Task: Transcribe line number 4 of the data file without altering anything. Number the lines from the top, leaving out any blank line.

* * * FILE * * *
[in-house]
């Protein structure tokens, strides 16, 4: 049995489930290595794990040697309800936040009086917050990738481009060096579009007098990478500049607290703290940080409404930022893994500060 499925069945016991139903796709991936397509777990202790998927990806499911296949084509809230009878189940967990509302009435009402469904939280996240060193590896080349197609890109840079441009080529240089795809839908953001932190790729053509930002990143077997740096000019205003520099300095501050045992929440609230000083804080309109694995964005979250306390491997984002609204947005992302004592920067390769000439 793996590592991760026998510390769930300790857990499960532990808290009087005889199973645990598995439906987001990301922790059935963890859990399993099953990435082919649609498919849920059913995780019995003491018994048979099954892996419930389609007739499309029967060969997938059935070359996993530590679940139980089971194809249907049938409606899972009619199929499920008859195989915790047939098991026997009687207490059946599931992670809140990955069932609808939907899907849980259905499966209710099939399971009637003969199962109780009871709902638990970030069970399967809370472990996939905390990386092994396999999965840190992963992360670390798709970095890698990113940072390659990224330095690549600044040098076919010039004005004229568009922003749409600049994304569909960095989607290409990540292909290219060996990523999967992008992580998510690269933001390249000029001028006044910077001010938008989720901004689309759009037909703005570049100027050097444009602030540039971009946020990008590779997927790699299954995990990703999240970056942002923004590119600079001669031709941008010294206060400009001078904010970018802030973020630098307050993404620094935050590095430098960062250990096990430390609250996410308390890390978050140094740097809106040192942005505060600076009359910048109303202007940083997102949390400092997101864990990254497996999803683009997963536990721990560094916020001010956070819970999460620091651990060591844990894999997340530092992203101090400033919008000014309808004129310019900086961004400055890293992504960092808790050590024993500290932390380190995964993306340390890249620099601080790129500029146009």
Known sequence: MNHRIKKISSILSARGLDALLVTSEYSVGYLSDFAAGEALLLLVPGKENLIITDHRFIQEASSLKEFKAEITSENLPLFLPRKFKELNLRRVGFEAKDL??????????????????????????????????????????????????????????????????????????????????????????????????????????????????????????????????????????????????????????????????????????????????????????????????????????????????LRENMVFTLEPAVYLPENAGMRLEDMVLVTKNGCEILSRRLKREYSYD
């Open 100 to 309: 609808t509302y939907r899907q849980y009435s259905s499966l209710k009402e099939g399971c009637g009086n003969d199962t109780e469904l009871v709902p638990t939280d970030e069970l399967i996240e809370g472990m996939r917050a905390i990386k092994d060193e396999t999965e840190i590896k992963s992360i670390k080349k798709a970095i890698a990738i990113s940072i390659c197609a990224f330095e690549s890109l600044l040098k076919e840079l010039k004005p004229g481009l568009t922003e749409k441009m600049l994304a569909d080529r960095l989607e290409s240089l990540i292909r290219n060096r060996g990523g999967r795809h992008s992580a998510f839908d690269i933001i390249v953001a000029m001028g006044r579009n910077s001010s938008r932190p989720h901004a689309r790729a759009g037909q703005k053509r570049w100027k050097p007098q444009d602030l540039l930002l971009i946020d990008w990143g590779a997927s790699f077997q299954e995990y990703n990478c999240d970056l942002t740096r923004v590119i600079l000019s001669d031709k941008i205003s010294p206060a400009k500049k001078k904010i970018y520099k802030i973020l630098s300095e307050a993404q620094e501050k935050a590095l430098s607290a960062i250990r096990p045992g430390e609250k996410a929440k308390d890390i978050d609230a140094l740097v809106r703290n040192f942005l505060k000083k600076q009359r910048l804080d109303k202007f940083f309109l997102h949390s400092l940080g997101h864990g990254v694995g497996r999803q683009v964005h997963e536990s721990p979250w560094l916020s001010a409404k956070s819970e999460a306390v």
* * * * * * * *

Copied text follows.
């Open 100 to 309: 609808t509302y939907r899907q849980y009435s259905s499966l209710k009402e099939g399971c009637g009086n003969d199962t109780e469904l009871v709902p638990t939280d970030e069970l399967i996240e809370g472990m996939r917050a905390i990386k092994d060193e396999t999965e840190i590896k992963s992360i670390k080349k798709a970095i890698a990738i990113s940072i390659c197609a990224f330095e690549s890109l600044l040098k076919e840079l010039k004005p004229g481009l568009t922003e749409k441009m600049l994304a569909d080529r960095l989607e290409s240089l990540i292909r290219n060096r060996g990523g999967r795809h992008s992580a998510f839908d690269i933001i390249v953001a000029m001028g006044r579009n910077s001010s938008r932190p989720h901004a689309r790729a759009g037909q703005k053509r570049w100027k050097p007098q444009d602030l540039l930002l971009i946020d990008w990143g590779a997927s790699f077997q299954e995990y990703n990478c999240d970056l942002t740096r923004v590119i600079l000019s001669d031709k941008i205003s010294p206060a400009k500049k001078k904010i970018y520099k802030i973020l630098s300095e307050a993404q620094e501050k935050a590095l430098s607290a960062i250990r096990p045992g430390e609250k996410a929440k308390d890390i978050d609230a140094l740097v809106r703290n040192f942005l505060k000083k600076q009359r910048l804080d109303k202007f940083f309109l997102h949390s400092l940080g997101h864990g990254v694995g497996r999803q683009v964005h997963e536990s721990p979250w560094l916020s001010a409404k956070s819970e999460a306390v």